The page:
Now is the Time
Sixty eight years ago today allied troops liberated Auschwitz-Birkenau, the largest of the death camps operated by the Nazis.
Hitler was obsessed with the notion of gaining Lebensraum or living space in Europe for his chosen race. As the Nazis invaded Czechoslovakia and Poland, tens of thousands were arrested, detained and shot.
On January 20, 1942, Nazi leaders met at Wannsee, outside of Berlin to discuss the plan whereby European Jewry would be systematically detained and then exterminated. Reinhard Heydrich, the chief of the security police gave the briefing and the minutes were taken by none other than Adolf Eichmann who would later be caught in Argentina.
The West, including the US, was slow to understand what was occurring. Indeed, the US did little to intervene and even refused safe haven to fleeing Jews, most famously aboard the MS St. Louis, a German ocean liner with 937 German Jewish refugees. The ship was forced to return to Europe where as many as 25% of the passengers died in death camps.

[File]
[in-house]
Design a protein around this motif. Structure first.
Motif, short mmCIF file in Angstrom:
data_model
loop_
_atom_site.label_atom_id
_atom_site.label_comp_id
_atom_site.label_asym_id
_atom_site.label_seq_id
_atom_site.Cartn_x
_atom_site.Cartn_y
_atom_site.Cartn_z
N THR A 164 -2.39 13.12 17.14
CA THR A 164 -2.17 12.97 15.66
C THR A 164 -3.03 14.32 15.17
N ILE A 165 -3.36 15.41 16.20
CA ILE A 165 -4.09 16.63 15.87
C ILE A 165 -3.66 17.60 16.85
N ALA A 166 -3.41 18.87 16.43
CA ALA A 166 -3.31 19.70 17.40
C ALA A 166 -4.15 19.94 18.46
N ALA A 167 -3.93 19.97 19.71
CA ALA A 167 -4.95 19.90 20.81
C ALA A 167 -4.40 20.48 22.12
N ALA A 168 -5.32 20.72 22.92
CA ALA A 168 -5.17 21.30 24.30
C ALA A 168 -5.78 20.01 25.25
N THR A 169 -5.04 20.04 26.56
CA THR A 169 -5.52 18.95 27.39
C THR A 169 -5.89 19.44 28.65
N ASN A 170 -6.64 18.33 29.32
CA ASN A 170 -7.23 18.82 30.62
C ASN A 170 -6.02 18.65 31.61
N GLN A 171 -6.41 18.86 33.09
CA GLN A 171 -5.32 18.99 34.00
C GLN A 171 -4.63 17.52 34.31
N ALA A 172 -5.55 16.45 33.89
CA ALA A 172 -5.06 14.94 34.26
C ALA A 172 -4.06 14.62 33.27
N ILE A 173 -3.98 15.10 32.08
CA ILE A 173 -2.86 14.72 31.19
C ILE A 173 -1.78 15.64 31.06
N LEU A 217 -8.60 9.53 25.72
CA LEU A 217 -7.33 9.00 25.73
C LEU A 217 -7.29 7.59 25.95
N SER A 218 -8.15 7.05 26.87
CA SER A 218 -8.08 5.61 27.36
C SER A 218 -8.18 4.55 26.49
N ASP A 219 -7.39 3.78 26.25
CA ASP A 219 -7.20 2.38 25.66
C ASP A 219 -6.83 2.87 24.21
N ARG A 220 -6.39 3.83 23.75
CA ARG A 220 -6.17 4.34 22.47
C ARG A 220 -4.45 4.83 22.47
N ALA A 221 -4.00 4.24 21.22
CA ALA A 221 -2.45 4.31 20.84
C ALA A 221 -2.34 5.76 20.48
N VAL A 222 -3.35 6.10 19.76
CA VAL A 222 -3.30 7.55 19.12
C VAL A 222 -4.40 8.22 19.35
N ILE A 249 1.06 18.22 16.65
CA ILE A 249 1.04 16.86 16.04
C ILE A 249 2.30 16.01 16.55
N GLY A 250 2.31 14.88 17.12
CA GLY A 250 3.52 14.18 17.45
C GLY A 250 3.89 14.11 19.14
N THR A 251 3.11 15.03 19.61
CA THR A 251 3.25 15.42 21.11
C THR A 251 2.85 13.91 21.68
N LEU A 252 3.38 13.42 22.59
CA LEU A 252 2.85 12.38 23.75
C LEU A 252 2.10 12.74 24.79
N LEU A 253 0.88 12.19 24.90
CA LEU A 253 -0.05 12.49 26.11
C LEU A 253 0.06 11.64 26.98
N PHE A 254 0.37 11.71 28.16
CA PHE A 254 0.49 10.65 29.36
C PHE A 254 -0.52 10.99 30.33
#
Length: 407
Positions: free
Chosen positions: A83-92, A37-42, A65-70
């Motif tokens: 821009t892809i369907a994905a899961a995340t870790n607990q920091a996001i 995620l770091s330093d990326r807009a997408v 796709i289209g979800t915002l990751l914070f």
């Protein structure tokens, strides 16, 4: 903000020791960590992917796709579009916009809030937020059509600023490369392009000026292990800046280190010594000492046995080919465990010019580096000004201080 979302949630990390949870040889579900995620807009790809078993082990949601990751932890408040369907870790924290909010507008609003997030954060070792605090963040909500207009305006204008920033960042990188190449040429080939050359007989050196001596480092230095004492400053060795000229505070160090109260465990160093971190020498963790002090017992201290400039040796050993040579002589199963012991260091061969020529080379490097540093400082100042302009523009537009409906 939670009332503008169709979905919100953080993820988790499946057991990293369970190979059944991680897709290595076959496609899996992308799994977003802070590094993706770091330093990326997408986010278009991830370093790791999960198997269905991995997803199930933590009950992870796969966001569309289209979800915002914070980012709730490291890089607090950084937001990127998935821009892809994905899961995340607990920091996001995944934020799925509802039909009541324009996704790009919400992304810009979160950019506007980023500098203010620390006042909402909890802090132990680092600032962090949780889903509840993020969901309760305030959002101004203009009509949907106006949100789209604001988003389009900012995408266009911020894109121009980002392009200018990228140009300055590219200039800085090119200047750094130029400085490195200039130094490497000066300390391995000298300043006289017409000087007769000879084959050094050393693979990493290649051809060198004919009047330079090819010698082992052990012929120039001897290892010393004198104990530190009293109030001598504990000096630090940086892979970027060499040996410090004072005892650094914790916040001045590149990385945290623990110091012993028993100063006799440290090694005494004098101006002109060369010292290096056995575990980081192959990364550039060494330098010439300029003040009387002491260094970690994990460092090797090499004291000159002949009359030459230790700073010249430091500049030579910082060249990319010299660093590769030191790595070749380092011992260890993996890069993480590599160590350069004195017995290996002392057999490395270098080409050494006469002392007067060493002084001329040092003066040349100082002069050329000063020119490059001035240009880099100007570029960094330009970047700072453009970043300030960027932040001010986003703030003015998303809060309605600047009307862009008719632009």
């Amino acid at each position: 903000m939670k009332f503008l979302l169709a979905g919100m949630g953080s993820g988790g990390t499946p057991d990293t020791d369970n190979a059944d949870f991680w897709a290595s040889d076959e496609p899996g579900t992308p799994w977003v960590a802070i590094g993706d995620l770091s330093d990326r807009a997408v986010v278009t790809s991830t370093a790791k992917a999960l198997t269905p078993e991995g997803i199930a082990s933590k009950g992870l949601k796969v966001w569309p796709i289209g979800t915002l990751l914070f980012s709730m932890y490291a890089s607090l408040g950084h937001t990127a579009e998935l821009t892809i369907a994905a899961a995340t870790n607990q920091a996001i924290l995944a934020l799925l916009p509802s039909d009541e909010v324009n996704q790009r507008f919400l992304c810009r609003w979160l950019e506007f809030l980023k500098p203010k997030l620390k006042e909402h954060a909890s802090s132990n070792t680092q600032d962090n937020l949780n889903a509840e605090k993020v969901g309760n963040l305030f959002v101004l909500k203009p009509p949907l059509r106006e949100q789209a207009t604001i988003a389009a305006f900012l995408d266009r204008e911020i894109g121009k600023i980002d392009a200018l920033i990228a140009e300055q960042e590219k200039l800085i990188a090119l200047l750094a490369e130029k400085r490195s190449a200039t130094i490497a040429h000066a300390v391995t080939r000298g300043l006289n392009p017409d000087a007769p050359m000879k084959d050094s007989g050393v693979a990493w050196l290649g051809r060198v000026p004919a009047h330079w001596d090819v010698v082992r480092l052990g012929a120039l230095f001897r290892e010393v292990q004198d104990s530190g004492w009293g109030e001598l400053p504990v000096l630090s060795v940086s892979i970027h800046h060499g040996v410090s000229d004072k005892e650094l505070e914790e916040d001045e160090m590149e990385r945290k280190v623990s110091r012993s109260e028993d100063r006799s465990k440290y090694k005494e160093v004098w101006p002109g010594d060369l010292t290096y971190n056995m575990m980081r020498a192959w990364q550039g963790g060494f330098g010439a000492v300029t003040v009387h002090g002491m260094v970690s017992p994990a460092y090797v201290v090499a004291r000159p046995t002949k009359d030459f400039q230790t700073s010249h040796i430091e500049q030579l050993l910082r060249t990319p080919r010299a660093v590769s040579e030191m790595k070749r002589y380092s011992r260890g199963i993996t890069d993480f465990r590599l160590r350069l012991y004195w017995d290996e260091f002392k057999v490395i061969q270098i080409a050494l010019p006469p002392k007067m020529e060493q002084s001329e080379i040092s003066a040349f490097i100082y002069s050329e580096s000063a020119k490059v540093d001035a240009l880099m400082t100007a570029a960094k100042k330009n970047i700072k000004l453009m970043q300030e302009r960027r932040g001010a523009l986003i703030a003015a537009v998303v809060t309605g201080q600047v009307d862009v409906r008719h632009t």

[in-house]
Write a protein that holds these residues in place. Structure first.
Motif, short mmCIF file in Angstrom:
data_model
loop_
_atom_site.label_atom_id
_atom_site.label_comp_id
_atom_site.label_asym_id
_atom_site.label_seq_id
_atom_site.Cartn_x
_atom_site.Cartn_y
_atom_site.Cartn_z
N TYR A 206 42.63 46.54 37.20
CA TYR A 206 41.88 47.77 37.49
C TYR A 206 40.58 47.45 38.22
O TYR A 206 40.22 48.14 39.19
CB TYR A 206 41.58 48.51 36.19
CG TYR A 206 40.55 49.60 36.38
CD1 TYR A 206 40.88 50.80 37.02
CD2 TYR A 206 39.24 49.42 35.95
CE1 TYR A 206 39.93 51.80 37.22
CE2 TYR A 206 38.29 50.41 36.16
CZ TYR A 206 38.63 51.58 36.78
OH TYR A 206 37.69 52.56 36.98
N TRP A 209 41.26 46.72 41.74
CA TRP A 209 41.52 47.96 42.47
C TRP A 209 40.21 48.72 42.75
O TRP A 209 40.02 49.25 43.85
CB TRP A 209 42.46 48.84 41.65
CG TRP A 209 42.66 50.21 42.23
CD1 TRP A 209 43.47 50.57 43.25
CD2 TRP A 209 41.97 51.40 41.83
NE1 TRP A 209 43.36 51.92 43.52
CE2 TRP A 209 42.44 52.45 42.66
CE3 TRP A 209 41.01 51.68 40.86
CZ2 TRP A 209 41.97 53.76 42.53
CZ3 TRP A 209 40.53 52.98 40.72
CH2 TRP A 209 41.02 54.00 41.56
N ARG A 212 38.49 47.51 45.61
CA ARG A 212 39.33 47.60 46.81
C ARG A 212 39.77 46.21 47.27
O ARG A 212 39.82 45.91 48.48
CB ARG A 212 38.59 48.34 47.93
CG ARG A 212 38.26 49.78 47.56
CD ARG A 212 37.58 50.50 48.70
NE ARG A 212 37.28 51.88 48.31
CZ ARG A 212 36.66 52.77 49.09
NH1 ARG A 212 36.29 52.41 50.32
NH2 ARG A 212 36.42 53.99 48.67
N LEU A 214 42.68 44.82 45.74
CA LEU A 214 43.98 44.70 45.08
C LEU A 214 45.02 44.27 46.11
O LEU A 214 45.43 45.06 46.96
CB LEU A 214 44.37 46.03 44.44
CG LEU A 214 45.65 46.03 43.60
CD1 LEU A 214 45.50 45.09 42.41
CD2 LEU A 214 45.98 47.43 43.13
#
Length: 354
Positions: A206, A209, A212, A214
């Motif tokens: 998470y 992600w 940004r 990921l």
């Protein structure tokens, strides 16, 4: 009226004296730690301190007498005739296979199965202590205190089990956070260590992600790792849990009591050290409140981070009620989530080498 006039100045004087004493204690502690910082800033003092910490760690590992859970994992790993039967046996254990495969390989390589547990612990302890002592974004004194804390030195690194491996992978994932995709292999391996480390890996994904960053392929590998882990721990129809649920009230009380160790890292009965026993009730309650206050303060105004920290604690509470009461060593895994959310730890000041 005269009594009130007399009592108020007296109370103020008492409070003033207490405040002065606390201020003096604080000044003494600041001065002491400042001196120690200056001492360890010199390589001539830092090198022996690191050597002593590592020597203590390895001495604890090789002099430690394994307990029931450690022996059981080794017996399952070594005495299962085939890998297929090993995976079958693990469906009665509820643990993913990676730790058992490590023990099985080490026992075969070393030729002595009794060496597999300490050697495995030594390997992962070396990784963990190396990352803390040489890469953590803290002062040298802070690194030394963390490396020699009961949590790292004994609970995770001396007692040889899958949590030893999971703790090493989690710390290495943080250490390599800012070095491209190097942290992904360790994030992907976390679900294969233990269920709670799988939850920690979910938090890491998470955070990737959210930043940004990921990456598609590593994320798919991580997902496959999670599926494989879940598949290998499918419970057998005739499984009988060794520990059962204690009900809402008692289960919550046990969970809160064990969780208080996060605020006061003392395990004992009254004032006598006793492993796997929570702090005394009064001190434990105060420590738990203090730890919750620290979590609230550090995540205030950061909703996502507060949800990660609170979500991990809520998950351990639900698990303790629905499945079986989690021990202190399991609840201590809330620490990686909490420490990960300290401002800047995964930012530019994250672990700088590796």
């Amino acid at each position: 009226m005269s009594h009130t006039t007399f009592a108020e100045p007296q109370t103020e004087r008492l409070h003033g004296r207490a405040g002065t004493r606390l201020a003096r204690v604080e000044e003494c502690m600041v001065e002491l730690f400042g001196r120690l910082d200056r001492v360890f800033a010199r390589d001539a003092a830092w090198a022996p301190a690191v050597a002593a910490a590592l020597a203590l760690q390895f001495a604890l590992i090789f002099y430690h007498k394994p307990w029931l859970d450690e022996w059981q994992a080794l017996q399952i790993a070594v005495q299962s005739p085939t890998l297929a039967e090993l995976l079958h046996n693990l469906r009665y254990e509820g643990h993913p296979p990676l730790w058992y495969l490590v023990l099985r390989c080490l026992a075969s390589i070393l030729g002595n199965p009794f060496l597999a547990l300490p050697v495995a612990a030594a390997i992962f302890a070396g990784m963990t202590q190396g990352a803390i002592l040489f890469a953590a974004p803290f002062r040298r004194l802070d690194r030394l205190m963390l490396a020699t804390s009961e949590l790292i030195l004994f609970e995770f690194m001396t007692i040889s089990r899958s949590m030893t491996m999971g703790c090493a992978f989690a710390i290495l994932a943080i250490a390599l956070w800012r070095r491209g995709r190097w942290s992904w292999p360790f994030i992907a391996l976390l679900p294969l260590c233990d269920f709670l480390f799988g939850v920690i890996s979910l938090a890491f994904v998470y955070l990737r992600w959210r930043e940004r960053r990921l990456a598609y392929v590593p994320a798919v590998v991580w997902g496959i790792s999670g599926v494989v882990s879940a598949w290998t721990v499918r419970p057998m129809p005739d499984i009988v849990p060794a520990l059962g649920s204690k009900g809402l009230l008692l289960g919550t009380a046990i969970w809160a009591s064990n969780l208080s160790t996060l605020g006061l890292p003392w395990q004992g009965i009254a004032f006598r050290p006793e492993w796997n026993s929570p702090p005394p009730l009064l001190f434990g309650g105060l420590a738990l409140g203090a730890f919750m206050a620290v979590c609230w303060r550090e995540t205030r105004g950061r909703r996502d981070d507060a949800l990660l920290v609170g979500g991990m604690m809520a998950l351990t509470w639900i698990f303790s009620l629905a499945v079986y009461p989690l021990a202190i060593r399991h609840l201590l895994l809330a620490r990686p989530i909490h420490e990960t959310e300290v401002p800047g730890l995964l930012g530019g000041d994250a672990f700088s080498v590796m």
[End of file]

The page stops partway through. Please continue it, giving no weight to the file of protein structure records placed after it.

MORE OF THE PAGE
Jews were a primary target but millions of others were murdered, as well. They included Gypsies, gays and lesbians, Catholics and Jehovah Witnesses.
On April 4, 1945, the US 4th Armored Division and the 89th Infantry Division liberated the death camp at Ohrdruf. They were the first Americans to do so. Soldiers found piles of bodies covered in lime while others were partially burned in makeshift pyres. The fleeing Nazis were attempting to cover their tracks by destroying evidence but their mayhem was of such a magnitude that discovery was inevitable.
Word quickly spread up the chain and Generals Eisenhower, Patton and Bradley made an immediate trip to witness the slaughter and the conditions.”Tough as Nails” Patton would not view some of the atrocities as he said he would vomit were he to do so.
Eisenhower went specifically in order to be a personal witness and to give testimony on what he had seen. To General George C. Marshall, head of the US Armed Forces Joint Chiefs, he wrote:
“I made the visit deliberately, in order to be in a position to give first-hand evidence of these things if ever, in the future, there develops a tendency to charge these allegations merely to propaganda.”